March 31, 2009

Arguing Safe Havens (Updated)

Pictured: A man who knows all about creating terrorist safe havens. And style.

There has been some good commentary and criticism accompanying my piece in the New Republic today. From the blog's comments section: construct a false dichotomy between physical space at the expense of virtual space. Nowhere in the strategy does it suggest that the COIN campaign is the beginning, middle and end of new US counter-terrorism strategy. Surely we can walk and chew gum at the same time, possibly while monitoring jihadist websites on our spiffy iPhones/Blackberries/etc.

And, as I keep banging on about, how exactly are we going to counter the jihadist narrative globally if we don't deliver something other than HE munitions to the population of that area? There's a demonstration effect that is critical on both sides of the Durand line, and more broadly throughout the world.

And from one of our smart interns:

I guess it boils down to where one stands in the Sageman v Hoffman Thunderdome:

I think you are vastly underplaying the critical role AQ central in NW Pakistan had in the various UK plots in recent years. The organization seems to be not inspiring these plots but directly catalyzing them through in-person training, know-how, etc. On close inspection, these do not appear to be the spontaneous acts of self-radicalized individuals. The AQ organization appears key to the formulation and execution of these plots.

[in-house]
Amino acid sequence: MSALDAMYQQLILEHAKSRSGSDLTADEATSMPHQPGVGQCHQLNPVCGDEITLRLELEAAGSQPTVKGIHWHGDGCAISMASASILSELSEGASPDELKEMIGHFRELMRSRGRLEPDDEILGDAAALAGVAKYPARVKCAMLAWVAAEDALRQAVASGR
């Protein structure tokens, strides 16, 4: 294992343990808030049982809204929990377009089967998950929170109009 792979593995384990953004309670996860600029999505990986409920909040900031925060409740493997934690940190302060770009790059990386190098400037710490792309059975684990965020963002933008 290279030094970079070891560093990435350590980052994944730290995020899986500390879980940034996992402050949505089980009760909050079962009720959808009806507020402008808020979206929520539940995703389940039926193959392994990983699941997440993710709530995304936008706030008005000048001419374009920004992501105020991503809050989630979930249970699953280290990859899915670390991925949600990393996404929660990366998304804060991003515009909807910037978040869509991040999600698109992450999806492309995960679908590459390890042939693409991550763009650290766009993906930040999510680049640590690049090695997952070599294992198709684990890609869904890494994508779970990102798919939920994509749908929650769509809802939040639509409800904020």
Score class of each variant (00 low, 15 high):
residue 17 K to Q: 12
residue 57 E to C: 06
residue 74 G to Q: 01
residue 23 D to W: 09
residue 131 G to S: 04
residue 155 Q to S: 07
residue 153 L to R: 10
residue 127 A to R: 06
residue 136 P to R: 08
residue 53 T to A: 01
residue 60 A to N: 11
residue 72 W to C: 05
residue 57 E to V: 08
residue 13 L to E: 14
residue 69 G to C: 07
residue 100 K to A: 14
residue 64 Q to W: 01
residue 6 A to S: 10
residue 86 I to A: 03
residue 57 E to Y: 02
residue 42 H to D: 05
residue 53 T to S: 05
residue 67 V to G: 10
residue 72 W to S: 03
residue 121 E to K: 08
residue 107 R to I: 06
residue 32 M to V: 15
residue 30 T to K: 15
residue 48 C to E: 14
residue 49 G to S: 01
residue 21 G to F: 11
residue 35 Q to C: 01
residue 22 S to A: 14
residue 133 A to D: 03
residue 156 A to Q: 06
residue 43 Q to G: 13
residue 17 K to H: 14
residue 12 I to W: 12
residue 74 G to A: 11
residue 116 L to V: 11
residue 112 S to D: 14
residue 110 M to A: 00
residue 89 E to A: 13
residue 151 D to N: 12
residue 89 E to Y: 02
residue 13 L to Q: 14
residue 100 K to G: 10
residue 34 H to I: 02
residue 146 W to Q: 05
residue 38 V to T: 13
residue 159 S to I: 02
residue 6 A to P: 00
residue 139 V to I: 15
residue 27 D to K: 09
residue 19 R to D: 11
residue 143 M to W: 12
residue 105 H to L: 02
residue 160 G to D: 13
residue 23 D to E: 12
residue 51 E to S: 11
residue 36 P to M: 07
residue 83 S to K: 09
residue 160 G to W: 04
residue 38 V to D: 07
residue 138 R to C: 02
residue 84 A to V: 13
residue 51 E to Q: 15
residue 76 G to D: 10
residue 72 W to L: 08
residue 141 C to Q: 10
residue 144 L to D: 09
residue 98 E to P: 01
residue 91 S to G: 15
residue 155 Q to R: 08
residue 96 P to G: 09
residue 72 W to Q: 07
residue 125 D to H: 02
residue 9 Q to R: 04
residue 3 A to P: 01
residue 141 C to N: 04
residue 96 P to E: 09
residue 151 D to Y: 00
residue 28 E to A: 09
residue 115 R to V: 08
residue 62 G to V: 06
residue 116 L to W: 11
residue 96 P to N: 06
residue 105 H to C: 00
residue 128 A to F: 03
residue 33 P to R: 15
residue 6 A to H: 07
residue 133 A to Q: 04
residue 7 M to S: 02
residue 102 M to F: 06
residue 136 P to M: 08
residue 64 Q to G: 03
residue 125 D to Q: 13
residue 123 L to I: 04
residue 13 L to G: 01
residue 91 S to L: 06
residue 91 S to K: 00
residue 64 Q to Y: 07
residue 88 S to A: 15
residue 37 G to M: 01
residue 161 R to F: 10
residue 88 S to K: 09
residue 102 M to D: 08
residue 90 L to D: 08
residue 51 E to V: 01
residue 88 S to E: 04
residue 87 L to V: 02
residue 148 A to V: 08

From Thomas Hegghammer, who I mention in the article and who now blogs at Jihadica:

There are at least two more reasons why there ought to be a virtual dimension to the new AfPak strategy. First, the Pashto and Urdu-language part of the jihadi cyberspace is growing rapidly, and very few people are keeping track of it. Those who do rarely know the Arabic sites and vice-versa. No analyst I know has enough Arabic and Pashto to connect the dots (except Mustafa Abu al-Yazid).

Second, the Internet infrastructure in Afghanistan and Pakistan is relatively poorly developed compared to the Arab world. This is very worrying, because it means that there is a huge untapped propaganda resource which will be exploited as the local infrastructure inevitably develops. This is unlike in much of the Arab world, where the Internet’s potential has been largely taken out by the local jihadi groups. We are seeing the signs of this trend in the spread, on the ground, of semi-virtual propaganda such as DVDs etc - see this brilliant ICG report for details.

More good comments and criticism come from Matt Yglesias and Jim Arkedis. I'll post more as it comes in. Thanks for the debate, gang!

Update: I can't believe I left out this fantastic response from Tim.